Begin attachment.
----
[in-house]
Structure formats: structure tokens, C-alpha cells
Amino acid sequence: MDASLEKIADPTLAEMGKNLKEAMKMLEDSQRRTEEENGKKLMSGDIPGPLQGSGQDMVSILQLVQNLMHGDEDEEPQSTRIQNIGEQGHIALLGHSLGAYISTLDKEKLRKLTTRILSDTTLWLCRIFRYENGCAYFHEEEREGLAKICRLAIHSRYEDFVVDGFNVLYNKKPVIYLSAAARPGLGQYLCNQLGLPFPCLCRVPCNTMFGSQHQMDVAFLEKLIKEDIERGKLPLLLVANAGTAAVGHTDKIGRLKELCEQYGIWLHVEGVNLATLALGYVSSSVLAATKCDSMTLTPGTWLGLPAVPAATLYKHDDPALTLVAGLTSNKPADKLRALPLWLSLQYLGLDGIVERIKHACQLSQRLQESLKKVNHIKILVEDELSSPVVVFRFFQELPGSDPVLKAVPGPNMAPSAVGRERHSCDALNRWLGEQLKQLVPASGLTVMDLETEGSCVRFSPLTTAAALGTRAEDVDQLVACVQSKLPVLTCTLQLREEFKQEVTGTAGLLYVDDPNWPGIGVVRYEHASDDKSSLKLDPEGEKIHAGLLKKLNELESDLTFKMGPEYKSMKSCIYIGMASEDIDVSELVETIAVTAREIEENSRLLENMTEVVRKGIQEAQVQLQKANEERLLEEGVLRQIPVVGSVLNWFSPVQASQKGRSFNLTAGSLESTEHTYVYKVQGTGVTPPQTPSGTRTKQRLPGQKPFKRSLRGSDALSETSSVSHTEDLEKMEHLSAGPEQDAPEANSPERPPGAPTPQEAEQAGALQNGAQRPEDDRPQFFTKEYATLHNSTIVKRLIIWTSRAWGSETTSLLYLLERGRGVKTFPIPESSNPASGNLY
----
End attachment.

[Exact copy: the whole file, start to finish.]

[in-house]
Structure formats: structure tokens, C-alpha cells
Amino acid sequence: MDASLEKIADPTLAEMGKNLKEAMKMLEDSQRRTEEENGKKLMSGDIPGPLQGSGQDMVSILQLVQNLMHGDEDEEPQSTRIQNIGEQGHIALLGHSLGAYISTLDKEKLRKLTTRILSDTTLWLCRIFRYENGCAYFHEEEREGLAKICRLAIHSRYEDFVVDGFNVLYNKKPVIYLSAAARPGLGQYLCNQLGLPFPCLCRVPCNTMFGSQHQMDVAFLEKLIKEDIERGKLPLLLVANAGTAAVGHTDKIGRLKELCEQYGIWLHVEGVNLATLALGYVSSSVLAATKCDSMTLTPGTWLGLPAVPAATLYKHDDPALTLVAGLTSNKPADKLRALPLWLSLQYLGLDGIVERIKHACQLSQRLQESLKKVNHIKILVEDELSSPVVVFRFFQELPGSDPVLKAVPGPNMAPSAVGRERHSCDALNRWLGEQLKQLVPASGLTVMDLETEGSCVRFSPLTTAAALGTRAEDVDQLVACVQSKLPVLTCTLQLREEFKQEVTGTAGLLYVDDPNWPGIGVVRYEHASDDKSSLKLDPEGEKIHAGLLKKLNELESDLTFKMGPEYKSMKSCIYIGMASEDIDVSELVETIAVTAREIEENSRLLENMTEVVRKGIQEAQVQLQKANEERLLEEGVLRQIPVVGSVLNWFSPVQASQKGRSFNLTAGSLESTEHTYVYKVQGTGVTPPQTPSGTRTKQRLPGQKPFKRSLRGSDALSETSSVSHTEDLEKMEHLSAGPEQDAPEANSPERPPGAPTPQEAEQAGALQNGAQRPEDDRPQFFTKEYATLHNSTIVKRLIIWTSRAWGSETTSLLYLLERGRGVKTFPIPESSNPASGNLY